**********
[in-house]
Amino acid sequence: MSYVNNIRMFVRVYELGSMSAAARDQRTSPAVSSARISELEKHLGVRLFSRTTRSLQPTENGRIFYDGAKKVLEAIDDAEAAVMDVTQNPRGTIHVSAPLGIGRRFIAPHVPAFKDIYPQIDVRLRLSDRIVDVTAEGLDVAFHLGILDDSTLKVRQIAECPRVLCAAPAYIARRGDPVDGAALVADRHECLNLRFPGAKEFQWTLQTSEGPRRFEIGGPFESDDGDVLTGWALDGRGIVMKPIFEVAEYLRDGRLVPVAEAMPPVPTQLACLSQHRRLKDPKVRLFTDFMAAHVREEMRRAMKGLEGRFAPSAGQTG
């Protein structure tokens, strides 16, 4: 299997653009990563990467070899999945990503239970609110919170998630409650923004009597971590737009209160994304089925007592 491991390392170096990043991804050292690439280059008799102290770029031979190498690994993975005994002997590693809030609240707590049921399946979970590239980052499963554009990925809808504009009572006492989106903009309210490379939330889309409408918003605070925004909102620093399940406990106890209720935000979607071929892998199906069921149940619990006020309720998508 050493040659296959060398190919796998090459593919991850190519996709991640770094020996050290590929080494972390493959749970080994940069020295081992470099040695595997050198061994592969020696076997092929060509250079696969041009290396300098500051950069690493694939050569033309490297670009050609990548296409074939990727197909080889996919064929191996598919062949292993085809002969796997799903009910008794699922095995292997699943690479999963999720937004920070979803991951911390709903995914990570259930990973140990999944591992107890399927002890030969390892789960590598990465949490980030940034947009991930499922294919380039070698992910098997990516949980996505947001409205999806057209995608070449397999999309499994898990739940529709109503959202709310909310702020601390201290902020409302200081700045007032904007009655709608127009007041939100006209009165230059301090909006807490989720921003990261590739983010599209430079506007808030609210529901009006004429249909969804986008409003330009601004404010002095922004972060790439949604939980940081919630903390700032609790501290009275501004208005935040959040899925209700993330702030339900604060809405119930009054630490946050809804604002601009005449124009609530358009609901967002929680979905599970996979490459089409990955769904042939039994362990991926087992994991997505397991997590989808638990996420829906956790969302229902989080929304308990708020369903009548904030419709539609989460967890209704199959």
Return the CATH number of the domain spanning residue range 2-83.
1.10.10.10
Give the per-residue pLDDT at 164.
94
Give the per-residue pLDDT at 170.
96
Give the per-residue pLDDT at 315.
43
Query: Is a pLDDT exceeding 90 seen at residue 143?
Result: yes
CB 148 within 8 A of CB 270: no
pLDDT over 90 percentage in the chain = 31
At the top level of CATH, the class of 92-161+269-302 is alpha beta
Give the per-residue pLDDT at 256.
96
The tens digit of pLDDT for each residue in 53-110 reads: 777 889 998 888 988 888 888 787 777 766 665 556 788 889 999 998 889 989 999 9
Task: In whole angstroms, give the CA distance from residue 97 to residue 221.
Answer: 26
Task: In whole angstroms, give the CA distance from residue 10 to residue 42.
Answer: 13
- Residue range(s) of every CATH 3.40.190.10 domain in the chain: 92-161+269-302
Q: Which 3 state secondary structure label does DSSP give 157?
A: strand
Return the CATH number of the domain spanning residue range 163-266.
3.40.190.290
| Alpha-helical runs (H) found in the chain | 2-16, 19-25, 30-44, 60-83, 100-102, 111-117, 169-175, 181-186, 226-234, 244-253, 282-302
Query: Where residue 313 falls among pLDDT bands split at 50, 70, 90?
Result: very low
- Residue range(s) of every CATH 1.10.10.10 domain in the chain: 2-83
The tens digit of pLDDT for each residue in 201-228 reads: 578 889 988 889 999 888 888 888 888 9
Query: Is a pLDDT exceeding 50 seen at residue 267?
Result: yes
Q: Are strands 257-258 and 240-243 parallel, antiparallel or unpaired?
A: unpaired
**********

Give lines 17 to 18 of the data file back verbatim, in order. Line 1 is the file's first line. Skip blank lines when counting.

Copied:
Give the per-residue pLDDT at 256.
96